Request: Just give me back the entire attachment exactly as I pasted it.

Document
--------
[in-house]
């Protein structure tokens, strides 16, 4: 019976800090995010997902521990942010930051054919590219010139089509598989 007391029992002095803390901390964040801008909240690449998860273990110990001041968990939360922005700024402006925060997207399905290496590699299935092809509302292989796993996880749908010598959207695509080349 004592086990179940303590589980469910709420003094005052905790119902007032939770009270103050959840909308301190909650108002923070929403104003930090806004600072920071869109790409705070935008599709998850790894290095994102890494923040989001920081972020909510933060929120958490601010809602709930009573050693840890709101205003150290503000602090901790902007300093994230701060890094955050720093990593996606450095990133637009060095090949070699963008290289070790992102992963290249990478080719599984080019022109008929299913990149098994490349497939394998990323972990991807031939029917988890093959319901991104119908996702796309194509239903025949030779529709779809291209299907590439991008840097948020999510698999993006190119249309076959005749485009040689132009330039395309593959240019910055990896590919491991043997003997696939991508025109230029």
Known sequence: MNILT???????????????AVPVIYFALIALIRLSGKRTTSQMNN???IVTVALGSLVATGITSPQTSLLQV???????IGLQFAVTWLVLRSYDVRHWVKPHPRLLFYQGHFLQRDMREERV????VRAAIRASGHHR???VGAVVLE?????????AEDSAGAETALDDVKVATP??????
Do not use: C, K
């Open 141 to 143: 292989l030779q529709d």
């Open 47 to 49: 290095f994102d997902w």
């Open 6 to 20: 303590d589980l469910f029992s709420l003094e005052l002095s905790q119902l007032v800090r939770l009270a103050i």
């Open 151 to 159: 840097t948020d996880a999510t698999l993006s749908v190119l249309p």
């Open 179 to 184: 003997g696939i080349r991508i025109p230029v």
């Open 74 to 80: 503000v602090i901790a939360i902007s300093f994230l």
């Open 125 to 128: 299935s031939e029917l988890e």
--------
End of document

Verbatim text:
[in-house]
């Protein structure tokens, strides 16, 4: 019976800090995010997902521990942010930051054919590219010139089509598989 007391029992002095803390901390964040801008909240690449998860273990110990001041968990939360922005700024402006925060997207399905290496590699299935092809509302292989796993996880749908010598959207695509080349 004592086990179940303590589980469910709420003094005052905790119902007032939770009270103050959840909308301190909650108002923070929403104003930090806004600072920071869109790409705070935008599709998850790894290095994102890494923040989001920081972020909510933060929120958490601010809602709930009573050693840890709101205003150290503000602090901790902007300093994230701060890094955050720093990593996606450095990133637009060095090949070699963008290289070790992102992963290249990478080719599984080019022109008929299913990149098994490349497939394998990323972990991807031939029917988890093959319901991104119908996702796309194509239903025949030779529709779809291209299907590439991008840097948020999510698999993006190119249309076959005749485009040689132009330039395309593959240019910055990896590919491991043997003997696939991508025109230029």
Known sequence: MNILT???????????????AVPVIYFALIALIRLSGKRTTSQMNN???IVTVALGSLVATGITSPQTSLLQV???????IGLQFAVTWLVLRSYDVRHWVKPHPRLLFYQGHFLQRDMREERV????VRAAIRASGHHR???VGAVVLE?????????AEDSAGAETALDDVKVATP??????
Do not use: C, K
């Open 141 to 143: 292989l030779q529709d």
């Open 47 to 49: 290095f994102d997902w």
């Open 6 to 20: 303590d589980l469910f029992s709420l003094e005052l002095s905790q119902l007032v800090r939770l009270a103050i």
């Open 151 to 159: 840097t948020d996880a999510t698999l993006s749908v190119l249309p």
């Open 179 to 184: 003997g696939i080349r991508i025109p230029v």
């Open 74 to 80: 503000v602090i901790a939360i902007s300093f994230l």
């Open 125 to 128: 299935s031939e029917l988890e």